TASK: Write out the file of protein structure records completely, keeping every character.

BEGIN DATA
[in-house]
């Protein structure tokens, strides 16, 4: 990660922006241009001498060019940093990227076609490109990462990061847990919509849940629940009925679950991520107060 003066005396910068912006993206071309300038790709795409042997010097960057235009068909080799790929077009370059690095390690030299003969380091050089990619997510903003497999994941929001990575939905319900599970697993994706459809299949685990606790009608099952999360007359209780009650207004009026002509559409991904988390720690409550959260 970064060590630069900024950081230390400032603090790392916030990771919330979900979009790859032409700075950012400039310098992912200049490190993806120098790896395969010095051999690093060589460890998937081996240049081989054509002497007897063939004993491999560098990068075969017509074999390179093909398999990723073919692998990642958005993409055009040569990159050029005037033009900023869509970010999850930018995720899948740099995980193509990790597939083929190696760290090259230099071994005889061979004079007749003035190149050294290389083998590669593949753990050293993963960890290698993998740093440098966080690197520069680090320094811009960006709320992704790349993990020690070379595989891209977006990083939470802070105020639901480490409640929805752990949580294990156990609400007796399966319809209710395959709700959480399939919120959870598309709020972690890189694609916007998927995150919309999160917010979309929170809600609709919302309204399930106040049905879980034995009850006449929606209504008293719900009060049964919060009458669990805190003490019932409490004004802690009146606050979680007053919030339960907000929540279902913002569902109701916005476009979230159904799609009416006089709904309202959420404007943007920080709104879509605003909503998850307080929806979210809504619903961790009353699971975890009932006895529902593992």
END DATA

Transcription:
[in-house]
């Protein structure tokens, strides 16, 4: 990660922006241009001498060019940093990227076609490109990462990061847990919509849940629940009925679950991520107060 003066005396910068912006993206071309300038790709795409042997010097960057235009068909080799790929077009370059690095390690030299003969380091050089990619997510903003497999994941929001990575939905319900599970697993994706459809299949685990606790009608099952999360007359209780009650207004009026002509559409991904988390720690409550959260 970064060590630069900024950081230390400032603090790392916030990771919330979900979009790859032409700075950012400039310098992912200049490190993806120098790896395969010095051999690093060589460890998937081996240049081989054509002497007897063939004993491999560098990068075969017509074999390179093909398999990723073919692998990642958005993409055009040569990159050029005037033009900023869509970010999850930018995720899948740099995980193509990790597939083929190696760290090259230099071994005889061979004079007749003035190149050294290389083998590669593949753990050293993963960890290698993998740093440098966080690197520069680090320094811009960006709320992704790349993990020690070379595989891209977006990083939470802070105020639901480490409640929805752990949580294990156990609400007796399966319809209710395959709700959480399939919120959870598309709020972690890189694609916007998927995150919309999160917010979309929170809600609709919302309204399930106040049905879980034995009850006449929606209504008293719900009060049964919060009458669990805190003490019932409490004004802690009146606050979680007053919030339960907000929540279902913002569902109701916005476009979230159904799609009416006089709904309202959420404007943007920080709104879509605003909503998850307080929806979210809504619903961790009353699971975890009932006895529902593992």